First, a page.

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Please help me with this physics related problem

  1. Aug 14, 2003 #1
    Hi everyone,
    Here is a picture describing my problem..
    http://www.pbase.com/image/20344544

    Basically, it's the firing mechanism for a toygun.
    When the trigger is pulled, the hammer flies forward and hits the firing pin. The firing pin then flies forward and hits the button.

    I came up with a better design but i need to verify if it's actually better or not. Also, would like some suggestions on even better designs.

    LIMITATIONS:

    Basically, the position of the hammer's axis of rotation cannot be modified. Nor can the position of the firing pin or the button.
    The shape of the hammer and the shape of the firing pin can be modified. The shape of the button cannot.


    thanks for the help!!
     
    Last edited by a moderator: Aug 14, 2003
  2. jcsd
  3. Aug 14, 2003 #2

    Ivan Seeking

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    How do you define better? From what I see, we may be in trouble. It looks like your new mechanism will tend to bind at the firing pin. Also, you are sacrificing torque for speed. This may or may not be a good thing. What do you hope to achieve by relocating the strike point higher along the hammer?
     
  4. Aug 14, 2003 #3
    The goal is to achieve maximum force on the button. I'm willing to sacrifice speed. I wasn't aware of the binding portion.. I'll have to take that into account when desiging the firing pin..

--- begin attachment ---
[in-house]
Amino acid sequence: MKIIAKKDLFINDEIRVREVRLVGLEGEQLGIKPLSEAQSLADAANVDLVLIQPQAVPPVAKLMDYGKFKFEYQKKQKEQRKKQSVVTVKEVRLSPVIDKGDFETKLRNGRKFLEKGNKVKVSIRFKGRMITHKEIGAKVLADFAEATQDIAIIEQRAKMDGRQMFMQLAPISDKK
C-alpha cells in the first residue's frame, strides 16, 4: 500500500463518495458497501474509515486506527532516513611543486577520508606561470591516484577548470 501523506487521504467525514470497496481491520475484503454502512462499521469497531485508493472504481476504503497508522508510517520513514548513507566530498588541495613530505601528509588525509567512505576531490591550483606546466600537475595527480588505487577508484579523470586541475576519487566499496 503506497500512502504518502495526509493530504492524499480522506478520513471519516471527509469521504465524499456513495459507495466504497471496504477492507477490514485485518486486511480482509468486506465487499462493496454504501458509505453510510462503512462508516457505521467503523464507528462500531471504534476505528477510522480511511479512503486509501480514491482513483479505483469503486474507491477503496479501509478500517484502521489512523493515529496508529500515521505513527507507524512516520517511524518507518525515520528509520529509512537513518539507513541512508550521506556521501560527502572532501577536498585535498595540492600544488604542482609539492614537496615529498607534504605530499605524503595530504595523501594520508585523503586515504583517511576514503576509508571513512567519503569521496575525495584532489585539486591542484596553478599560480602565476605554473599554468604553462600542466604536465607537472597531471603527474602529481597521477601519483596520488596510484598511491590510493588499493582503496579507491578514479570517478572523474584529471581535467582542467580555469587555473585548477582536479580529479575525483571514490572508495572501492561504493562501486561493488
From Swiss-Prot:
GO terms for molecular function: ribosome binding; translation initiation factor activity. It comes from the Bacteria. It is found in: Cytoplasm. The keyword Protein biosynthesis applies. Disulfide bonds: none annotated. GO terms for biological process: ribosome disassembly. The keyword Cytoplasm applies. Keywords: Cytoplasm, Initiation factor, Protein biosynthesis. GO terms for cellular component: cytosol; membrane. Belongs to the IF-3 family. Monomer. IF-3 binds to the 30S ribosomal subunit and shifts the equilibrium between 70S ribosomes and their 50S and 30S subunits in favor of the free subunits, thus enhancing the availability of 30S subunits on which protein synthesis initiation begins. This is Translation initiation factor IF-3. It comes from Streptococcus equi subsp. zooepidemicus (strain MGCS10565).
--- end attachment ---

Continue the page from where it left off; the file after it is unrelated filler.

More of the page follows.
I was hoping to achieve more force on the firing pin (and thus the button) by moving the strike point higher along the hammer..
     
  5. Aug 14, 2003 #4

    Ivan Seeking

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    Can you put a stronger spring in the hammer mechanism?
     
  6. Aug 14, 2003 #5

    LURCH

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    I think that extension on the firing pin is going to break after relatyively few uses.
     
  7. Aug 14, 2003 #6
    yes, you can.. but aside from adding a stronger hammer spring. What else can be done. Perhaps that is really all there can be done.. I just need to design a better firing pin that takes advantage of the higher forces generated at the top of the hammer. One that doesnt break after few uses :)
     
  8. Aug 15, 2003 #7

    Ivan Seeking

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    Really you have two problems: Binding, and leverage as indicated by Lurch. So like you have said, you will have to design around this. Really though I would look to the spring as part of the solution. How about going with some kind of slide action rather than a rotating lever?

    Hey, this is just for paintball or something similar right?
     
  9. Aug 16, 2003 #8

    LURCH

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    The same thought had crossed my mind. If you placed a two-part lever arm, with a hinge at the joint between the two parts, you could anchor one end of the arm to a stationary piece of the gun, and the other end to the top of the hammer. When the hammer is cocked back, the lever is bent at the hinge in the middle ( < ), and when the hammer springs forward, the lever is straitened out ( / ). Place a striker at the hinged joint, and this will be moved forward with all the force of the end of the hammer, but in the location where the firing pin currently sits. This will illiminate the need to extend and bend the firing pin, which would greatly weaken it.

    Come to think of it, the leverage of the hinged joint could even multiply the speed of the hammer, depending on the placement of the stationary end.
     
  10. Aug 18, 2003 #9
    The problem I see with that idea, Lurch, is that as the joint moves about, there will be length variations which will need to be accounted for.
     
  11. Aug 18, 2003 #10
    Wait, no sorry, upon re-reading your description of the design I realized you weren't saying what I thought you were saying. My bad.
     
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